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Omnichannel commerce: One customer – many channels

Omnichannel commerce: One customer – many channels

Retailers who have successfully implemented omnichannel commerce in their e-commerce strategy not only set themselves apart from the competition, but also gain an additional competitive advantage over pure online shops through the use of branch stocks.

Online commerce is growing steadily and enjoys annual growth rates of more than ten percent. Changing customer demands mean that brick-and-mortar retailers are also selling more and more online. The central challenge for many retailers: How can balance be achieved between online and brick-and-mortar retail. After all, the aim is not to destroy the old sales structures, but to complement them in a meaningful way. Although many retail companies use various channels in parallel, they do not link them. This means that customers cannot act in a cross-channel way. Does this (still) meet the expectations of today’s customers? Clearly: No.

Omnichannel services often still poor

In the recent EHI study “Omnichannel Commerce 2018”, 274 of the top 1000 online shops in Germany surveyed stated that they pursue an omnichannel concept. In contrast to cross-channel, where the buyer can act across channels, omnichannel commerce also creates the incentive that customers can access the entire product range and corresponding services at any time across all sales channels. An omnichannel strategy is based on the idea of ensuring a seamless shopping experience in brick-and-mortar stores as well as across a variety of digital channels. The customer can make a purchase irrespective of the channel. This improves the shopping experience and, at the same time, customer satisfaction as a whole.

The services made possible by omnichannel concepts are diverse and range from order online and pick up in store (click & collect) to order in store and have delivered to your home (in-store online shopping).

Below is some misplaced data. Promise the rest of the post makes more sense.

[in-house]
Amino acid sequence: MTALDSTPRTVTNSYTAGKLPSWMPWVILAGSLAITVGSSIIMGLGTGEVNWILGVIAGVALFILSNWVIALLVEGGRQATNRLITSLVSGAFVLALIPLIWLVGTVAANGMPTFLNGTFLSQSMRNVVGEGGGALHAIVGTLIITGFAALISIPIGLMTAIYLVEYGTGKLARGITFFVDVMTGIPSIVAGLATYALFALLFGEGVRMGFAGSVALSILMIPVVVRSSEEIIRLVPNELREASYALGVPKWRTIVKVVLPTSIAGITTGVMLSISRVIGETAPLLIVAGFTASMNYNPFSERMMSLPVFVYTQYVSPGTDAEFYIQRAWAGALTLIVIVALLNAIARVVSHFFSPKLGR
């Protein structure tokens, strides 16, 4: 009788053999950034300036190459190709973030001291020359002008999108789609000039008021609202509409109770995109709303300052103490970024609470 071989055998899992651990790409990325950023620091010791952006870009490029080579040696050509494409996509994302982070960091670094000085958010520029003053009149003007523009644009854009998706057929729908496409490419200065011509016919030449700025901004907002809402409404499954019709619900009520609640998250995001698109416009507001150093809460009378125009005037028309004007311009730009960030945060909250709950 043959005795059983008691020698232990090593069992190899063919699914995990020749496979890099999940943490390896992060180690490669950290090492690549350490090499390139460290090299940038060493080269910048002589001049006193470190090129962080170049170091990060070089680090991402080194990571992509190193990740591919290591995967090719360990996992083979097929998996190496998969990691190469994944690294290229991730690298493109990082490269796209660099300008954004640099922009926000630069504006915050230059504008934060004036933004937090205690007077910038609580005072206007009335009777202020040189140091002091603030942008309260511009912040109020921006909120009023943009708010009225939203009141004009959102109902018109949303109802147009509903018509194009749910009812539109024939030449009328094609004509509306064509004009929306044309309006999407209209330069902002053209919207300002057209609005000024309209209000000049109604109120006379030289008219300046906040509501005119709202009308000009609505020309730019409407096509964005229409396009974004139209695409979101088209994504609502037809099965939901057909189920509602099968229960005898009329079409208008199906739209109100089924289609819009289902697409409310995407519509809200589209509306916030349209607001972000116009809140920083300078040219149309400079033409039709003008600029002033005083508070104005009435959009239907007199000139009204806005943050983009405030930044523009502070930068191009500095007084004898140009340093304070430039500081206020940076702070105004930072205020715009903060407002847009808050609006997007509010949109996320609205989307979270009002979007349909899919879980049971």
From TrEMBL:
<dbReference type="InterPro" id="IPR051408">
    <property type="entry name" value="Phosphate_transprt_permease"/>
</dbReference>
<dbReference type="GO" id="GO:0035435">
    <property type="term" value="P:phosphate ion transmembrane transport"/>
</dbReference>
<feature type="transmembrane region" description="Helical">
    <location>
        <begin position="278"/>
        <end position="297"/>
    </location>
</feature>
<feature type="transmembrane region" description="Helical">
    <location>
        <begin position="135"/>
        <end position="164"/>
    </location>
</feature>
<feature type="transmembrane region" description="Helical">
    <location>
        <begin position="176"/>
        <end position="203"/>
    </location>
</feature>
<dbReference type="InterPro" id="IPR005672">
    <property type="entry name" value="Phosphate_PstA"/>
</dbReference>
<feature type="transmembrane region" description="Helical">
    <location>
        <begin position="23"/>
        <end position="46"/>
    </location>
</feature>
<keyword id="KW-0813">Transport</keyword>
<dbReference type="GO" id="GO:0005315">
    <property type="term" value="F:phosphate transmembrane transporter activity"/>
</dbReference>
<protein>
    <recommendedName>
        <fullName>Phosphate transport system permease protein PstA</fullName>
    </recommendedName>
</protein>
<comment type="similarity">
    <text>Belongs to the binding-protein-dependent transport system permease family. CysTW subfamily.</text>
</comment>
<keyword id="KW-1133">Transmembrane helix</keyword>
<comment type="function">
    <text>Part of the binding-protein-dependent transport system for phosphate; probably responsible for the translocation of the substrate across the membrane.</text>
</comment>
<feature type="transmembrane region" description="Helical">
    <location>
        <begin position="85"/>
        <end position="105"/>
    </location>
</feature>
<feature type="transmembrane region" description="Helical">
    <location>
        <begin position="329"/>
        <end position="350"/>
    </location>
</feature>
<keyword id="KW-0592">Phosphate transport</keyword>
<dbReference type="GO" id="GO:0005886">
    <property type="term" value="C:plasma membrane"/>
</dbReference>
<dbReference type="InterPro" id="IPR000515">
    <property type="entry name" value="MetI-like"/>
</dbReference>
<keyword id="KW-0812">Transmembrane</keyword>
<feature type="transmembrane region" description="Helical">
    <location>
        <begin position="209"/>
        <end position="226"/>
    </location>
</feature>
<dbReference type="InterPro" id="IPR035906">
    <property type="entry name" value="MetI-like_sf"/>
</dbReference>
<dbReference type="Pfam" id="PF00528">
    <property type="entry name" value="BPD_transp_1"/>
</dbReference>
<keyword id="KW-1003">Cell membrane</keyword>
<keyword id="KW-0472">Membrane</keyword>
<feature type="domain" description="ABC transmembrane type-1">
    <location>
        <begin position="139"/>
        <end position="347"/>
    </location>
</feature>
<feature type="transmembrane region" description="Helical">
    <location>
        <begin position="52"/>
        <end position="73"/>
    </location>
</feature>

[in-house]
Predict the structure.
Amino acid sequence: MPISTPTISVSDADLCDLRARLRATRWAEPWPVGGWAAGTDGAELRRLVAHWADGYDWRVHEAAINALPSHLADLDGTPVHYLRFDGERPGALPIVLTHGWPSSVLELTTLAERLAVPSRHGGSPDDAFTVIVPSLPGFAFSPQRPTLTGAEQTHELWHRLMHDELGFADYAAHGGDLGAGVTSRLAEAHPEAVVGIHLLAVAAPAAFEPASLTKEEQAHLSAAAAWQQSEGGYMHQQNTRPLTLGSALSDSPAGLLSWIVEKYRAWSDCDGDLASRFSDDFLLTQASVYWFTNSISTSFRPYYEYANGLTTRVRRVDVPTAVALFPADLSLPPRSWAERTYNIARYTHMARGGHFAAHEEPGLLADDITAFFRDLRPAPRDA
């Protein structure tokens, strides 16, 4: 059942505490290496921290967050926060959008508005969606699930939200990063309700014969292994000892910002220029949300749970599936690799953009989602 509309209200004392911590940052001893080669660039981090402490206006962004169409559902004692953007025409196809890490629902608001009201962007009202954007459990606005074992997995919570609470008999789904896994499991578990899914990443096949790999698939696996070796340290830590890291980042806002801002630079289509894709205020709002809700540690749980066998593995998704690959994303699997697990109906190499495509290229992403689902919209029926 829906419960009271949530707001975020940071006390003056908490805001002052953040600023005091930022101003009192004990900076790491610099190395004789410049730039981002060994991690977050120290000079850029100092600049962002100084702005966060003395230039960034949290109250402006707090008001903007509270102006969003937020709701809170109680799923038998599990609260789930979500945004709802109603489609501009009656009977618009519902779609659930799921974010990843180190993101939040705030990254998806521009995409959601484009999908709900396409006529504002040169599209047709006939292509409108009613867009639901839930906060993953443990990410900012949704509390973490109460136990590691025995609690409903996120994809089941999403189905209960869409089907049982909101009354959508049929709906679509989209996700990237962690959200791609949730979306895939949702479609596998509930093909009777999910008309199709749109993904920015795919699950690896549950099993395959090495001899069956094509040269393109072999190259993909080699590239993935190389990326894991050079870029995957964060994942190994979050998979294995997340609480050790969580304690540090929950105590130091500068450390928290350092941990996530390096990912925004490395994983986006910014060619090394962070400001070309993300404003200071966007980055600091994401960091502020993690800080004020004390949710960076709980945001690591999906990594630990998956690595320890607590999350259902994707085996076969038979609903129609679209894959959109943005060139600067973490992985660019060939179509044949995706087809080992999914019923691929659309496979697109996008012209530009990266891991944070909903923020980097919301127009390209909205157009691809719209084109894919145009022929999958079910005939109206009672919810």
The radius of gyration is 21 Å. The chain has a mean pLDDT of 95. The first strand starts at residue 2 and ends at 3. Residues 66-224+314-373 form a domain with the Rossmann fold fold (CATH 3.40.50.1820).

It is astonishing that the distribution of these services is still very low. Only click & collect is offered by 250 of the 274 omnichannel shops, but that only applies to online payment. 152 shops offer their customers this service with combined payment in store. The option of placing an order in the online shop via, for example, an employee tablet, is only offered by 41 of the 274 retailers. So there is still a lot of catching up to do when it comes to omnichannel commerce.

Gabor shows how it can work

With its omnichannel structure, the family company Gabor has created a solution that integrates the existing brick-and-mortar retailers in the best possible way and at the same time can hold its own against purely online players like Zalando and so on.

The ladies’ shoe manufacturer wanted to offer the end consumer a special, cross-channel service, and opted for a “marketplace omnichannel approach” on a Magento commerce basis.

Using the marketplace approach, Gabor pursues a consistent “retailer first” strategy in which online orders are sent promptly to the nearest retailer using algorithms. Here, the customer can try on their goods, examine them physically and of course return them. If a product is not available from a retailer, it is shipped from the Gabor central warehouse.

This approach supports the still popular brick-and-mortar retail, which can generate additional sales without making its own IT investments. “Although this strategy increases complexity compared to a conventional online shop, it also offers us many advantages,” says Dr. Markus Reheis, Global Head of Marketing at Gabor. The retailers’ decentralized stocks ensure that the end consumer has the widest possible range of Gabor products available. And the strategy is a success: by integrating retailers, Gabor was able to merge online and offline. By the end of 2018, almost 400 branches are to be connected to the marketplace.

The in-store experience must also be good

Gabor is also thinking ahead in the in-store sector and is successively equipping retailers with terminals that offer access to the entire Gabor range and can query availability in the branch as well as in the central warehouse. The customer thus benefits from maximum retailer flexibility coupled with targeted advice. But the in-store experience is not so positive everywhere. The customer experience in shops is a weakness of many retailers. Although brick-and-mortar retail is currently on the upswing and is gaining in importance again, consumer satisfaction with the experience in stores is declining. According to the “Global Consumer Insights Survey 2018” by PwC, only just over 50 percent of German consumers believe that sales staff have sufficient knowledge of the product range.

The bottom line

The different channels must be brought together into a unified strategy – digital and physical communication should complement each other and create a unified customer experience. Advice and service must provide quality and added value for customers offline and online. The key to success lies in a holistic view of the sales channels. For customers to develop a long-term buying interest in a brand or a product, a concept is needed that guarantees a consistent customer experience.

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